Some legislators and civil liberties groups are asking why Governor Chris Christie's administration in New Jersey is planning to award $10.6 million in funds from a voter approved bond issue for college facilities to Beth Medrash Govoha, an all-male, orthodox rabbinical seminary, The Star-Ledger reported. The article notes increasingly close ties between the college's leaders and the Christie administration. The bond vote explicitly included private colleges, and many private colleges in New Jersey have religious affiliations. Critics say that Beth Medrash Govoha -- unlike the Roman Catholic colleges in New Jersey -- appears to have religious tests for admission. College officials deny any religious tests. But critics say that requirements -- such as knowing Hebrew, knowing sacred Jewish texts and agreeing not to date for the first six months enrolled -- suggest a strong religious orientation for all students.
Smith College has been receiving criticism over reports (not confirmed by the college) that a transgender applicant was rejected (although some of those reports suggest that the prospective student's application was returned for more information and not rejected). The college has for many years stated that students who are admitted to Smith may complete their educations, even if they are transgender and start identifying as such while enrolled, despite having presented themselves differently at the time of admission. But until recently, the college's statement on sexual identity said this about admission: "Is Smith still a women's college? Absolutely. As a women's college, Smith only considers female applicants for undergraduate admission." Now, however, the college's statement reads this way: "How does Smith decide who is a woman? It doesn’t. With regard to admission, Smith relies upon the information provided by each student applicant. In other contexts, different definitions and requirements may apply. For example, the definition of a woman for NCAA competition may differ from the definition of a woman for purposes of admission to Smith or other single-sex colleges."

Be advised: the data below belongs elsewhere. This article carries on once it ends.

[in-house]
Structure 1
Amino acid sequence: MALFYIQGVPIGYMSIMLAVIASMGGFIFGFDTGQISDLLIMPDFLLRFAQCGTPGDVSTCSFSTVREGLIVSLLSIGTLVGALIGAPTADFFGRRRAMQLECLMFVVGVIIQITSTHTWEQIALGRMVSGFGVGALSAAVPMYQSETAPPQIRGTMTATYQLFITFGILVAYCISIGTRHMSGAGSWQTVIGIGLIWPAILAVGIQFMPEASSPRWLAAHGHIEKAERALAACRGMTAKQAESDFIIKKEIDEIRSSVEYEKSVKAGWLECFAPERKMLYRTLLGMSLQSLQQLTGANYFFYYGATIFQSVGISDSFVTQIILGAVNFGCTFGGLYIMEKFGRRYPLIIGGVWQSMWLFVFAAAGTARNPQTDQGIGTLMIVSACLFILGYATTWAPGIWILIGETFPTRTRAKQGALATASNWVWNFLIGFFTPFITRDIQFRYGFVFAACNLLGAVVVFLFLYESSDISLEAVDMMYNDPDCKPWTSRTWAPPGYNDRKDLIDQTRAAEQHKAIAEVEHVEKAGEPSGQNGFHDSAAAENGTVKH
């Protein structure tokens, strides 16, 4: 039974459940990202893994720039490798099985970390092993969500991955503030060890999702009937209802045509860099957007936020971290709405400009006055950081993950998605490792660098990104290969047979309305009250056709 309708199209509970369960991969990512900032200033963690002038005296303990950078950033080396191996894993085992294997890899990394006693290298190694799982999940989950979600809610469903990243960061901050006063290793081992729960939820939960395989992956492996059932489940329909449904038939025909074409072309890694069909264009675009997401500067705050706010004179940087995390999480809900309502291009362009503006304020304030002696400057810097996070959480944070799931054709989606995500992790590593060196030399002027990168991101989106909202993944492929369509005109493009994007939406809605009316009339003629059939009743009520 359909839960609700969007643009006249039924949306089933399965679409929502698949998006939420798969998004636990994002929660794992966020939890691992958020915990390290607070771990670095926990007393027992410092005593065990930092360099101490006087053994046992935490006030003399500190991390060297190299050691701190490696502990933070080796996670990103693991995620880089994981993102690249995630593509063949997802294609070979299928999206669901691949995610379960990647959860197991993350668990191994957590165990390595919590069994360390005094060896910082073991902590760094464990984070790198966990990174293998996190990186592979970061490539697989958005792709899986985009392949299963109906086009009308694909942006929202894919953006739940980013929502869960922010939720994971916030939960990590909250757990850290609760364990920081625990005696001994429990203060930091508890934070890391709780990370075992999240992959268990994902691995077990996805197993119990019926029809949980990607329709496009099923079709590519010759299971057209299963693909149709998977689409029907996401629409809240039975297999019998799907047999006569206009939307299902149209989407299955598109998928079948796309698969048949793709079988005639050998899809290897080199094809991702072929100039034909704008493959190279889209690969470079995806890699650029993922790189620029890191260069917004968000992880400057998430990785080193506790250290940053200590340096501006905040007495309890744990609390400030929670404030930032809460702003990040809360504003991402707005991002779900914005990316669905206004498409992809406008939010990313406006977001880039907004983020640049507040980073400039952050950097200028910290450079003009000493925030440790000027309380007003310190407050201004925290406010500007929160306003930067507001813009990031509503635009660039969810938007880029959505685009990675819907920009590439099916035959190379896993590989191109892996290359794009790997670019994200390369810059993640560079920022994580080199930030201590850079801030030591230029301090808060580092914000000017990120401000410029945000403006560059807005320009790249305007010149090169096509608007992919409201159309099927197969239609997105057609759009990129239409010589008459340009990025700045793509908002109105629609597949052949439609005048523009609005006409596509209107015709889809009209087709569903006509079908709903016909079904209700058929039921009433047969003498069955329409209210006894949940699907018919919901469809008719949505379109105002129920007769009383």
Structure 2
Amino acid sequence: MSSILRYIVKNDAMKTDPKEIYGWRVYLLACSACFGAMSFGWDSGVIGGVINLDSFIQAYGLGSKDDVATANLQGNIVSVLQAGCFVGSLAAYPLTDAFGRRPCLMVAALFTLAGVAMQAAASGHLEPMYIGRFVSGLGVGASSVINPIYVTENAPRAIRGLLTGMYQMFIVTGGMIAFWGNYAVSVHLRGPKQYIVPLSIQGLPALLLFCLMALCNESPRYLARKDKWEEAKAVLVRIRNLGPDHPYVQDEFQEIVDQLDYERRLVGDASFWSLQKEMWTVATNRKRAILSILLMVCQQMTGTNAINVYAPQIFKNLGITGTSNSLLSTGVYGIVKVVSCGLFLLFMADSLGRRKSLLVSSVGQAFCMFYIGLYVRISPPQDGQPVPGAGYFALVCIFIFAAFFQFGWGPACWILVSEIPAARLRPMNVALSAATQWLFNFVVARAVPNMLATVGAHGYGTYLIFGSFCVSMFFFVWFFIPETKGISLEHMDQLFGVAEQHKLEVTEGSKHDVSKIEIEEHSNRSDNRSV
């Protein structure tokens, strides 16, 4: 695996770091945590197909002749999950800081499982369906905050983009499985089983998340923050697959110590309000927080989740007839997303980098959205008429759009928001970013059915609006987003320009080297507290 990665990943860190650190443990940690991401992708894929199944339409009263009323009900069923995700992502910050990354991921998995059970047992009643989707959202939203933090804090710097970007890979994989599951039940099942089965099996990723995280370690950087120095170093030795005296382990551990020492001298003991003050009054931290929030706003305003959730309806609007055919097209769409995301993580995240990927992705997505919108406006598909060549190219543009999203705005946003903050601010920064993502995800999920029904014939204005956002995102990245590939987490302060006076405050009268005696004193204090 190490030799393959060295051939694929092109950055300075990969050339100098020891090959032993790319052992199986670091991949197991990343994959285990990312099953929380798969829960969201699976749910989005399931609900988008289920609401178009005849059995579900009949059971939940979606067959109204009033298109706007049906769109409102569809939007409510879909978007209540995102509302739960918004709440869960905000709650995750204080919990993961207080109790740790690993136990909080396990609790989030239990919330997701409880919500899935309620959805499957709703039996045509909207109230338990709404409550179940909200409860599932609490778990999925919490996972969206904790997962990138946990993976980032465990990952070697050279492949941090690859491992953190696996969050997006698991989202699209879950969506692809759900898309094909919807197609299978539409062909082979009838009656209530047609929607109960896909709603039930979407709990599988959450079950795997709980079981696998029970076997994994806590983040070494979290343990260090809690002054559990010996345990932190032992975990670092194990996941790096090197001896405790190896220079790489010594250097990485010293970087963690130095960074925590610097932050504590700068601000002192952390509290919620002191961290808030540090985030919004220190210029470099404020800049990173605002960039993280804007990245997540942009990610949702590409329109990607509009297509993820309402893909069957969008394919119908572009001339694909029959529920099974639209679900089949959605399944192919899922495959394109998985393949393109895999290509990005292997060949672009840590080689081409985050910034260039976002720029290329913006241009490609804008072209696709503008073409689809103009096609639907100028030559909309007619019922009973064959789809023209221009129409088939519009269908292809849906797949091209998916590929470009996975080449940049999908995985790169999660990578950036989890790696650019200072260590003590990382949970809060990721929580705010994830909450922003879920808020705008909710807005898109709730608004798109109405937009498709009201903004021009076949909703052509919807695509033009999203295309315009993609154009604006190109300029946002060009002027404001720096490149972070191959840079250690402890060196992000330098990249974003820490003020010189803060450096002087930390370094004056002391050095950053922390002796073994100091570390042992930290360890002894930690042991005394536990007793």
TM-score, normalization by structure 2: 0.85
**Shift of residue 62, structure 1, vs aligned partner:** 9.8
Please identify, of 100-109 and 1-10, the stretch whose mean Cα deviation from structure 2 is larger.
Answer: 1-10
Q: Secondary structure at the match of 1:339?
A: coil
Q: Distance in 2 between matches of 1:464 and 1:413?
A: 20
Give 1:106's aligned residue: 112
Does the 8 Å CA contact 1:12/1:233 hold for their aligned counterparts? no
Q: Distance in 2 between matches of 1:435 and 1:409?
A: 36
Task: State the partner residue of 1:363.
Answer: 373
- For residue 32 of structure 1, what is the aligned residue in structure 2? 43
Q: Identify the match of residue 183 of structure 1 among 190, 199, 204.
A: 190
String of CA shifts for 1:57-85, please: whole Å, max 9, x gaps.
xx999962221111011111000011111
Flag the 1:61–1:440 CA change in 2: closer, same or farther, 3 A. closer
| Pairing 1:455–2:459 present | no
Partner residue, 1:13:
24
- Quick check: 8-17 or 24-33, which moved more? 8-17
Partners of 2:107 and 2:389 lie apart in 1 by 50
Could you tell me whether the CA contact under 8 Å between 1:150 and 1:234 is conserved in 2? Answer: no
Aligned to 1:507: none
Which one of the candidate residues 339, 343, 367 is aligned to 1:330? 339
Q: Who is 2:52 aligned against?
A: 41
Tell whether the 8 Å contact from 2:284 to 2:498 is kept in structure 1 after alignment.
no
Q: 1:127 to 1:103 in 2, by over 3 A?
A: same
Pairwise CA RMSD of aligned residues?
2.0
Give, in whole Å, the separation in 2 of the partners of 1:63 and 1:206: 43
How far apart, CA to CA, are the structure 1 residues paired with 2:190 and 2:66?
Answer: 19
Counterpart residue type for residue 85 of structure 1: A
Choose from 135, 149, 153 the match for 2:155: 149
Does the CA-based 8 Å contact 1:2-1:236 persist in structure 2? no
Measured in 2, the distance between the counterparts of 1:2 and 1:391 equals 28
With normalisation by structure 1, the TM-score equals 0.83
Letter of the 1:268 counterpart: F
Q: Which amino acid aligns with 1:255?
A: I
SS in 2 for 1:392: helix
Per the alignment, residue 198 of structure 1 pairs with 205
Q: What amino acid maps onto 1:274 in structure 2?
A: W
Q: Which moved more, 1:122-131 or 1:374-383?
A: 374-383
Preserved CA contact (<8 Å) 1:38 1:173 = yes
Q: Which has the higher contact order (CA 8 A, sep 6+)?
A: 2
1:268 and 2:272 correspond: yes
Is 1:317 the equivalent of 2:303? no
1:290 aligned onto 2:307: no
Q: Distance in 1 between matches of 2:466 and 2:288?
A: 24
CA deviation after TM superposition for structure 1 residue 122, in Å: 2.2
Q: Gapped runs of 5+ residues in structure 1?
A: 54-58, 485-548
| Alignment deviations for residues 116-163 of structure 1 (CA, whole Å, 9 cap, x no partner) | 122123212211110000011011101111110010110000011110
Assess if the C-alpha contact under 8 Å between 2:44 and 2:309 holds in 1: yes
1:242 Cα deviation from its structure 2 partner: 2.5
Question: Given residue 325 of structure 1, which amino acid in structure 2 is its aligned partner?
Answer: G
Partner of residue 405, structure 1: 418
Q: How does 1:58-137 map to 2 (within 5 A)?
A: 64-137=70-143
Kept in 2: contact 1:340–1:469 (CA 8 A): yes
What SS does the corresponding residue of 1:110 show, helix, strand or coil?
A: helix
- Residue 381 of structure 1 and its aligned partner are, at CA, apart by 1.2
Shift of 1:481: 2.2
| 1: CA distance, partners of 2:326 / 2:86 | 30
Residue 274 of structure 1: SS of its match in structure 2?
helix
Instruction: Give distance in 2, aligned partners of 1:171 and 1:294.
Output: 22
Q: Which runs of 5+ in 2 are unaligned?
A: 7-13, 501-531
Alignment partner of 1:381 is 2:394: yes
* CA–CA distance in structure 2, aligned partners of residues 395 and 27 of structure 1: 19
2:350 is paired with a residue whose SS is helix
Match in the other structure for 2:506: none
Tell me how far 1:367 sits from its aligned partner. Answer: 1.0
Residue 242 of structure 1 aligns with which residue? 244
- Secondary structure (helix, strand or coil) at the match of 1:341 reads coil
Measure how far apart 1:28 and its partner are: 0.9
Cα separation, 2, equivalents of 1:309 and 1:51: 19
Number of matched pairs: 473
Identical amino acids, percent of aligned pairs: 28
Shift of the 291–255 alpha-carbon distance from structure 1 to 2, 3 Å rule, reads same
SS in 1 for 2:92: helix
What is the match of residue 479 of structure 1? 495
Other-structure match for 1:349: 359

Debra Shaver, dean of admission, said via e-mail that the new statement didn't mean the policy had changed. "We clarified how we consider transgender applicants; we're being more transparent. This is the same practice we've used for more than a decade," she said.
Throughout the economic downturn, some pundits and politicians have suggested that there is limited value to a college degree. An analysis in The New York Times, based on the latest unemployment data, suggests otherwise. The Times noted that in April, when the national unemployment rate was 7.5 percent, the rate for college graduates was 3.9 percent. Further, the number of college-educated graduates with jobs is now up 9.1 percent since the recession started. The number of those with a high school diploma, but no college degree, who have jobs is down 9 percent.